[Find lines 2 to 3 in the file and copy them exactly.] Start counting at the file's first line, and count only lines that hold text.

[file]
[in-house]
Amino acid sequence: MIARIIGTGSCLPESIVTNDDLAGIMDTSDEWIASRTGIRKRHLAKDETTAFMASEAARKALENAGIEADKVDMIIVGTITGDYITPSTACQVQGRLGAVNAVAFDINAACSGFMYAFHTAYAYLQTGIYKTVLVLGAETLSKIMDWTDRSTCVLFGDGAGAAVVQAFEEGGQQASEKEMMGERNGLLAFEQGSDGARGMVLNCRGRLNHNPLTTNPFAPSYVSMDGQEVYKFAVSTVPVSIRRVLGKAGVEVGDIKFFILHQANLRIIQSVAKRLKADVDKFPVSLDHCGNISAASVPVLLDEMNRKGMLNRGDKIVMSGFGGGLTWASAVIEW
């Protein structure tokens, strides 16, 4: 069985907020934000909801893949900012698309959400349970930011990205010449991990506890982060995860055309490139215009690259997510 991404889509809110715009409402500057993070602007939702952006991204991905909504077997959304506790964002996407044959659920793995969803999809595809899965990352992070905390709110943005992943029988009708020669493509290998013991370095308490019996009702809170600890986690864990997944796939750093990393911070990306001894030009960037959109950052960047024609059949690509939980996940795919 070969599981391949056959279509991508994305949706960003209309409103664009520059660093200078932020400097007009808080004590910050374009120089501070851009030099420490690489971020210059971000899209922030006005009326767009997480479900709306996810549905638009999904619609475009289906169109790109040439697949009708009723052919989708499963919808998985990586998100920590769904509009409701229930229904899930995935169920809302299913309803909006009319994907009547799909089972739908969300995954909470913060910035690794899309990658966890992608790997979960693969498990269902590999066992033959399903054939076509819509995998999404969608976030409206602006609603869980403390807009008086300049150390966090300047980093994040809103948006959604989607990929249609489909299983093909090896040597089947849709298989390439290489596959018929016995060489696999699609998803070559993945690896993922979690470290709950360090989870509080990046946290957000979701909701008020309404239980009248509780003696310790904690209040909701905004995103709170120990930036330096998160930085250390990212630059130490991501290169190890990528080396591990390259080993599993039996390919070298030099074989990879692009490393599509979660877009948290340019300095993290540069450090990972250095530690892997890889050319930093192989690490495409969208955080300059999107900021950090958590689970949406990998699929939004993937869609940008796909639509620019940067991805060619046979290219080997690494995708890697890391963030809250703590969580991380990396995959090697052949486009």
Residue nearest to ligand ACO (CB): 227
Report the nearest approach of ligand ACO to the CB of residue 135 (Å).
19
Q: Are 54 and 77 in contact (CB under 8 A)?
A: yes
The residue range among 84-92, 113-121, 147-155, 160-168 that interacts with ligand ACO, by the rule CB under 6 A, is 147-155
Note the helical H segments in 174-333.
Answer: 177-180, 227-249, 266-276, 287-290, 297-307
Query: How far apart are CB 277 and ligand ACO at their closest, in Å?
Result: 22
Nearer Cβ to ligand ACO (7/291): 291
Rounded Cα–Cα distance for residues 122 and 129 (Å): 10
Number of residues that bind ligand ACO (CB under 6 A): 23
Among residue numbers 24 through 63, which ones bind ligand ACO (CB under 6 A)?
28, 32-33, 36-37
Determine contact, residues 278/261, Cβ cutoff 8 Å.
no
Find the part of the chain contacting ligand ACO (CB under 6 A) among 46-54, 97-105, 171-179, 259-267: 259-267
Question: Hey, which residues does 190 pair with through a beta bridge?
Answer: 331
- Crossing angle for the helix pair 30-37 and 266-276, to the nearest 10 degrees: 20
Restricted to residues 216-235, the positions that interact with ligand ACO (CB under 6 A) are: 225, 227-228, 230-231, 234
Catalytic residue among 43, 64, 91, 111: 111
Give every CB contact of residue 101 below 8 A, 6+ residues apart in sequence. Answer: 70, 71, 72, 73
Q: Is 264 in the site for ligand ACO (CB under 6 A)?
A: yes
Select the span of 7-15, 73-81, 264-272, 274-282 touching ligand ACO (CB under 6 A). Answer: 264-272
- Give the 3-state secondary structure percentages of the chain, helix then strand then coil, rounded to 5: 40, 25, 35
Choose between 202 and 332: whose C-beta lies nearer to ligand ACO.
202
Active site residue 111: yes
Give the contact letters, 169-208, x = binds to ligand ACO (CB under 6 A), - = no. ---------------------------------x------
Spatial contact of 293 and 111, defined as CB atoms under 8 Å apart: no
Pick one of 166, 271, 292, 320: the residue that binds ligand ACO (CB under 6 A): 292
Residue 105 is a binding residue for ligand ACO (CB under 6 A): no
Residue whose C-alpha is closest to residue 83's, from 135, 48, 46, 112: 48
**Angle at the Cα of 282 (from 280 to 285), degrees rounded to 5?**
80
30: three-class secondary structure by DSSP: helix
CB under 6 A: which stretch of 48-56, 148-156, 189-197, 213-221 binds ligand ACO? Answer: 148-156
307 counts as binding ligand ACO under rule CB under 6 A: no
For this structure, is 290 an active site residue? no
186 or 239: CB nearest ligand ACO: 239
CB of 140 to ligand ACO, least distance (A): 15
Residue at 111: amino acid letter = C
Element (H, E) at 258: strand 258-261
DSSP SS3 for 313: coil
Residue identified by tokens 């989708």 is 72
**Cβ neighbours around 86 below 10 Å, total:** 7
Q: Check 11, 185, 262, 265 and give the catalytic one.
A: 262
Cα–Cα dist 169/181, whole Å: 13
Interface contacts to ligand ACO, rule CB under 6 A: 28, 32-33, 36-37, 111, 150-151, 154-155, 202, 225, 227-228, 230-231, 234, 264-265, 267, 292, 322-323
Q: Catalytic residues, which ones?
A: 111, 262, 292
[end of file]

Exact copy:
Amino acid sequence: MIARIIGTGSCLPESIVTNDDLAGIMDTSDEWIASRTGIRKRHLAKDETTAFMASEAARKALENAGIEADKVDMIIVGTITGDYITPSTACQVQGRLGAVNAVAFDINAACSGFMYAFHTAYAYLQTGIYKTVLVLGAETLSKIMDWTDRSTCVLFGDGAGAAVVQAFEEGGQQASEKEMMGERNGLLAFEQGSDGARGMVLNCRGRLNHNPLTTNPFAPSYVSMDGQEVYKFAVSTVPVSIRRVLGKAGVEVGDIKFFILHQANLRIIQSVAKRLKADVDKFPVSLDHCGNISAASVPVLLDEMNRKGMLNRGDKIVMSGFGGGLTWASAVIEW
């Protein structure tokens, strides 16, 4: 069985907020934000909801893949900012698309959400349970930011990205010449991990506890982060995860055309490139215009690259997510 991404889509809110715009409402500057993070602007939702952006991204991905909504077997959304506790964002996407044959659920793995969803999809595809899965990352992070905390709110943005992943029988009708020669493509290998013991370095308490019996009702809170600890986690864990997944796939750093990393911070990306001894030009960037959109950052960047024609059949690509939980996940795919 070969599981391949056959279509991508994305949706960003209309409103664009520059660093200078932020400097007009808080004590910050374009120089501070851009030099420490690489971020210059971000899209922030006005009326767009997480479900709306996810549905638009999904619609475009289906169109790109040439697949009708009723052919989708499963919808998985990586998100920590769904509009409701229930229904899930995935169920809302299913309803909006009319994907009547799909089972739908969300995954909470913060910035690794899309990658966890992608790997979960693969498990269902590999066992033959399903054939076509819509995998999404969608976030409206602006609603869980403390807009008086300049150390966090300047980093994040809103948006959604989607990929249609489909299983093909090896040597089947849709298989390439290489596959018929016995060489696999699609998803070559993945690896993922979690470290709950360090989870509080990046946290957000979701909701008020309404239980009248509780003696310790904690209040909701905004995103709170120990930036330096998160930085250390990212630059130490991501290169190890990528080396591990390259080993599993039996390919070298030099074989990879692009490393599509979660877009948290340019300095993290540069450090990972250095530690892997890889050319930093192989690490495409969208955080300059999107900021950090958590689970949406990998699929939004993937869609940008796909639509620019940067991805060619046979290219080997690494995708890697890391963030809250703590969580991380990396995959090697052949486009």